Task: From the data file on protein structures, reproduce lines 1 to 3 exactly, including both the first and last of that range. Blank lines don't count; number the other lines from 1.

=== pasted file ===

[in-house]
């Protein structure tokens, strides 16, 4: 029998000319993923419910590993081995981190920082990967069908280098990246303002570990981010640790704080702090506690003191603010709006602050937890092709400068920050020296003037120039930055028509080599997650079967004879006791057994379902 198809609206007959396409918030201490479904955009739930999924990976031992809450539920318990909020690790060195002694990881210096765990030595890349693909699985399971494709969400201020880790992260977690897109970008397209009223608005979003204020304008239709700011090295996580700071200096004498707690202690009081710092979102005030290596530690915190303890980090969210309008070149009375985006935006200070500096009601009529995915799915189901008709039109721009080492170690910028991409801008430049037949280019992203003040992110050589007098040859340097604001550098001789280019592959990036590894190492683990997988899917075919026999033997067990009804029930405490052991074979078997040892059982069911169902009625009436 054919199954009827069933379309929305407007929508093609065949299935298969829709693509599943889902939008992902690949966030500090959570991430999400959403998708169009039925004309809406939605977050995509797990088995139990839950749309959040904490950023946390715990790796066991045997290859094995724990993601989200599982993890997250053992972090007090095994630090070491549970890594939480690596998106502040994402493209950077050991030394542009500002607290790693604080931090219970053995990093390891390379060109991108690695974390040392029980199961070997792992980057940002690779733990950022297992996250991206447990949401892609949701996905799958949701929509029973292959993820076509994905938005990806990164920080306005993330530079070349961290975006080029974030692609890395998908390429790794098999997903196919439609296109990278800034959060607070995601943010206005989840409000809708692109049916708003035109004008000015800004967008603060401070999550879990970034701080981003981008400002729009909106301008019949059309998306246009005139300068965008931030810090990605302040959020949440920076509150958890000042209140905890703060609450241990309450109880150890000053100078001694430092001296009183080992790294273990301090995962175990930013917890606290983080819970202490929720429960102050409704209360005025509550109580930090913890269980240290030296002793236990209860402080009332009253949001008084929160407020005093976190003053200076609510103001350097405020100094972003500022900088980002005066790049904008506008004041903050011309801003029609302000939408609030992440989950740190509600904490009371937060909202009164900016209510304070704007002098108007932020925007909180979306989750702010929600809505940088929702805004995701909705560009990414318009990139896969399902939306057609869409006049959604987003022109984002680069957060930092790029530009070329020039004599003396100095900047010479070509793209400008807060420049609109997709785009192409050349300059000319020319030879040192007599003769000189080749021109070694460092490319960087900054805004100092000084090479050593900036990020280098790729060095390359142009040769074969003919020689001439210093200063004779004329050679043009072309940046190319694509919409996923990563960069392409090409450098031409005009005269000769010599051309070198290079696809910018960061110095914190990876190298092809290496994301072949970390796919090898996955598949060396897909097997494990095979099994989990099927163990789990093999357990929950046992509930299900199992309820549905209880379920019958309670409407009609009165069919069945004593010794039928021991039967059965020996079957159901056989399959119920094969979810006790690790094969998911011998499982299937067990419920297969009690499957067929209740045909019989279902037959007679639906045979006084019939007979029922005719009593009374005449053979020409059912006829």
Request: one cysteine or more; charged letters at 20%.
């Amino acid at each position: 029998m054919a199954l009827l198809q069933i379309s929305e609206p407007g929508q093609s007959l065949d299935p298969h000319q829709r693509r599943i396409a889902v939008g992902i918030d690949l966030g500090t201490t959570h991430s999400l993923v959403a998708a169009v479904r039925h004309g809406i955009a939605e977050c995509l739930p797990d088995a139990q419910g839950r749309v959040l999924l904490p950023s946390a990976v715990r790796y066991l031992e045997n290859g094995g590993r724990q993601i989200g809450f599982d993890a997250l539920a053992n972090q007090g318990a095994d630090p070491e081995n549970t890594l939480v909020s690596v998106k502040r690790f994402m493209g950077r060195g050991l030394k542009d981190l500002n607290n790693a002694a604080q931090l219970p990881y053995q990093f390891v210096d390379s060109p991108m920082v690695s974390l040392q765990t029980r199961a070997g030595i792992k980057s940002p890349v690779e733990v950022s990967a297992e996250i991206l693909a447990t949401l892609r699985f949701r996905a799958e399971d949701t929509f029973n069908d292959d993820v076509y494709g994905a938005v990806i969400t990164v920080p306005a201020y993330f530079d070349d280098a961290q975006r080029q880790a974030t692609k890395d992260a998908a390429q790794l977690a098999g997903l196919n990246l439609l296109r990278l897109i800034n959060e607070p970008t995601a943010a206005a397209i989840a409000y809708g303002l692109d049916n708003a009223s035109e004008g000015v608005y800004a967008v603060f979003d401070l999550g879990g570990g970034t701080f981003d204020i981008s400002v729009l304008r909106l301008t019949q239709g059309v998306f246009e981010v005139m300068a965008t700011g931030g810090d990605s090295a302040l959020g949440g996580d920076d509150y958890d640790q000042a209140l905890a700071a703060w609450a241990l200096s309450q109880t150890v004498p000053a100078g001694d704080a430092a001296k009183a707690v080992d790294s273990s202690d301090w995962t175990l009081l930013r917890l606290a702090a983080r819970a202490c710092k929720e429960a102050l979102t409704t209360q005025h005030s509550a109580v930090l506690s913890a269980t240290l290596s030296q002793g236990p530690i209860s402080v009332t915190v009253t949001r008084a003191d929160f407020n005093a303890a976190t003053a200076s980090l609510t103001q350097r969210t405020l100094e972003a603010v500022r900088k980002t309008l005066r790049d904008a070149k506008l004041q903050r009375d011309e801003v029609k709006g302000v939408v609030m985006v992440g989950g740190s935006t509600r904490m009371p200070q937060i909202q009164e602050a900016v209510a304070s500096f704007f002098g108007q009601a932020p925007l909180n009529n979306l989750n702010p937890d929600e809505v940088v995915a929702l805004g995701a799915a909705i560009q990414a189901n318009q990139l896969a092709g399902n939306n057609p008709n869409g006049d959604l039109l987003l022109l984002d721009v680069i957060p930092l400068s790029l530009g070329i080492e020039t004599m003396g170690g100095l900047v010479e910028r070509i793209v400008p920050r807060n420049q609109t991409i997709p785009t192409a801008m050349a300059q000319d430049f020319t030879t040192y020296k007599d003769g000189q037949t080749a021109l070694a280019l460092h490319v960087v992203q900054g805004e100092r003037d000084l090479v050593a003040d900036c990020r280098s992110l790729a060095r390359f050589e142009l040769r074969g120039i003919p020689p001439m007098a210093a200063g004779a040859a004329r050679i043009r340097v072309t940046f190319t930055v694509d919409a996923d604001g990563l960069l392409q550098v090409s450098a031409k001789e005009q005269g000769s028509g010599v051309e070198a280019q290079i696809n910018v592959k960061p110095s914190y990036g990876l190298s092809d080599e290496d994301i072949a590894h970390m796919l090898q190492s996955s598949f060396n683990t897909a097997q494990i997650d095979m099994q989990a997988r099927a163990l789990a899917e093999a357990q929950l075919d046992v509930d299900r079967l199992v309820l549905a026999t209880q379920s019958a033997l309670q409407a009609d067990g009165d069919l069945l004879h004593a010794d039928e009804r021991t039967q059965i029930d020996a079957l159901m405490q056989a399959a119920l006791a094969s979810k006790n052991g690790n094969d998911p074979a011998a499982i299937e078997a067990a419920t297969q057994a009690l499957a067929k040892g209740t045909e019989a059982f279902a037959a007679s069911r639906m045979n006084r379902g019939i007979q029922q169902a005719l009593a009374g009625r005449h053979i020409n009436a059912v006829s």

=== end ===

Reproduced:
[in-house]
């Protein structure tokens, strides 16, 4: 029998000319993923419910590993081995981190920082990967069908280098990246303002570990981010640790704080702090506690003191603010709006602050937890092709400068920050020296003037120039930055028509080599997650079967004879006791057994379902 198809609206007959396409918030201490479904955009739930999924990976031992809450539920318990909020690790060195002694990881210096765990030595890349693909699985399971494709969400201020880790992260977690897109970008397209009223608005979003204020304008239709700011090295996580700071200096004498707690202690009081710092979102005030290596530690915190303890980090969210309008070149009375985006935006200070500096009601009529995915799915189901008709039109721009080492170690910028991409801008430049037949280019992203003040992110050589007098040859340097604001550098001789280019592959990036590894190492683990997988899917075919026999033997067990009804029930405490052991074979078997040892059982069911169902009625009436 054919199954009827069933379309929305407007929508093609065949299935298969829709693509599943889902939008992902690949966030500090959570991430999400959403998708169009039925004309809406939605977050995509797990088995139990839950749309959040904490950023946390715990790796066991045997290859094995724990993601989200599982993890997250053992972090007090095994630090070491549970890594939480690596998106502040994402493209950077050991030394542009500002607290790693604080931090219970053995990093390891390379060109991108690695974390040392029980199961070997792992980057940002690779733990950022297992996250991206447990949401892609949701996905799958949701929509029973292959993820076509994905938005990806990164920080306005993330530079070349961290975006080029974030692609890395998908390429790794098999997903196919439609296109990278800034959060607070995601943010206005989840409000809708692109049916708003035109004008000015800004967008603060401070999550879990970034701080981003981008400002729009909106301008019949059309998306246009005139300068965008931030810090990605302040959020949440920076509150958890000042209140905890703060609450241990309450109880150890000053100078001694430092001296009183080992790294273990301090995962175990930013917890606290983080819970202490929720429960102050409704209360005025509550109580930090913890269980240290030296002793236990209860402080009332009253949001008084929160407020005093976190003053200076609510103001350097405020100094972003500022900088980002005066790049904008506008004041903050011309801003029609302000939408609030992440989950740190509600904490009371937060909202009164900016209510304070704007002098108007932020925007909180979306989750702010929600809505940088929702805004995701909705560009990414318009990139896969399902939306057609869409006049959604987003022109984002680069957060930092790029530009070329020039004599003396100095900047010479070509793209400008807060420049609109997709785009192409050349300059000319020319030879040192007599003769000189080749021109070694460092490319960087900054805004100092000084090479050593900036990020280098790729060095390359142009040769074969003919020689001439210093200063004779004329050679043009072309940046190319694509919409996923990563960069392409090409450098031409005009005269000769010599051309070198290079696809910018960061110095914190990876190298092809290496994301072949970390796919090898996955598949060396897909097997494990095979099994989990099927163990789990093999357990929950046992509930299900199992309820549905209880379920019958309670409407009609009165069919069945004593010794039928021991039967059965020996079957159901056989399959119920094969979810006790690790094969998911011998499982299937067990419920297969009690499957067929209740045909019989279902037959007679639906045979006084019939007979029922005719009593009374005449053979020409059912006829």
Request: one cysteine or more; charged letters at 20%.